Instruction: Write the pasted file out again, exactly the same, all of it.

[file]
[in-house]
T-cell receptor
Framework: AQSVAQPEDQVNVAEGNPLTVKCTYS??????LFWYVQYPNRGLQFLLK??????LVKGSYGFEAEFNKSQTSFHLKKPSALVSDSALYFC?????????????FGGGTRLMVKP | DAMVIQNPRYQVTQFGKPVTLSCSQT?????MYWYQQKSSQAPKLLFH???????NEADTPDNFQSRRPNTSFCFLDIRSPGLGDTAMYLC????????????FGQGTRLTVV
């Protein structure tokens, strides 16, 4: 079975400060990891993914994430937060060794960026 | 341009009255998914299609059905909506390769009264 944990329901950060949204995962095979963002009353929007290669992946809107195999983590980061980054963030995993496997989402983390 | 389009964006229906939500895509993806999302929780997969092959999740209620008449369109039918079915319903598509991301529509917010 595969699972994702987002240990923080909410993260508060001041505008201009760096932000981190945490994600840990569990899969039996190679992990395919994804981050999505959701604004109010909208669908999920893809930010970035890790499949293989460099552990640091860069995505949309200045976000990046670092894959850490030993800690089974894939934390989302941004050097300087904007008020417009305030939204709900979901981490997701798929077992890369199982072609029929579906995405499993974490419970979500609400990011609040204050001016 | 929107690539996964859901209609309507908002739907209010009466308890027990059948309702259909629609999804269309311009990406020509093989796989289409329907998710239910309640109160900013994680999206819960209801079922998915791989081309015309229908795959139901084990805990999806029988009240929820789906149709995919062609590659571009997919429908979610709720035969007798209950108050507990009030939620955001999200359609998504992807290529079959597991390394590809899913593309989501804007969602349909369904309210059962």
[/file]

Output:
[in-house]
T-cell receptor
Framework: AQSVAQPEDQVNVAEGNPLTVKCTYS??????LFWYVQYPNRGLQFLLK??????LVKGSYGFEAEFNKSQTSFHLKKPSALVSDSALYFC?????????????FGGGTRLMVKP | DAMVIQNPRYQVTQFGKPVTLSCSQT?????MYWYQQKSSQAPKLLFH???????NEADTPDNFQSRRPNTSFCFLDIRSPGLGDTAMYLC????????????FGQGTRLTVV
């Protein structure tokens, strides 16, 4: 079975400060990891993914994430937060060794960026 | 341009009255998914299609059905909506390769009264 944990329901950060949204995962095979963002009353929007290669992946809107195999983590980061980054963030995993496997989402983390 | 389009964006229906939500895509993806999302929780997969092959999740209620008449369109039918079915319903598509991301529509917010 595969699972994702987002240990923080909410993260508060001041505008201009760096932000981190945490994600840990569990899969039996190679992990395919994804981050999505959701604004109010909208669908999920893809930010970035890790499949293989460099552990640091860069995505949309200045976000990046670092894959850490030993800690089974894939934390989302941004050097300087904007008020417009305030939204709900979901981490997701798929077992890369199982072609029929579906995405499993974490419970979500609400990011609040204050001016 | 929107690539996964859901209609309507908002739907209010009466308890027990059948309702259909629609999804269309311009990406020509093989796989289409329907998710239910309640109160900013994680999206819960209801079922998915791989081309015309229908795959139901084990805990999806029988009240929820789906149709995919062609590659571009997919429908979610709720035969007798209950108050507990009030939620955001999200359609998504992807290529079959597991390394590809899913593309989501804007969602349909369904309210059962």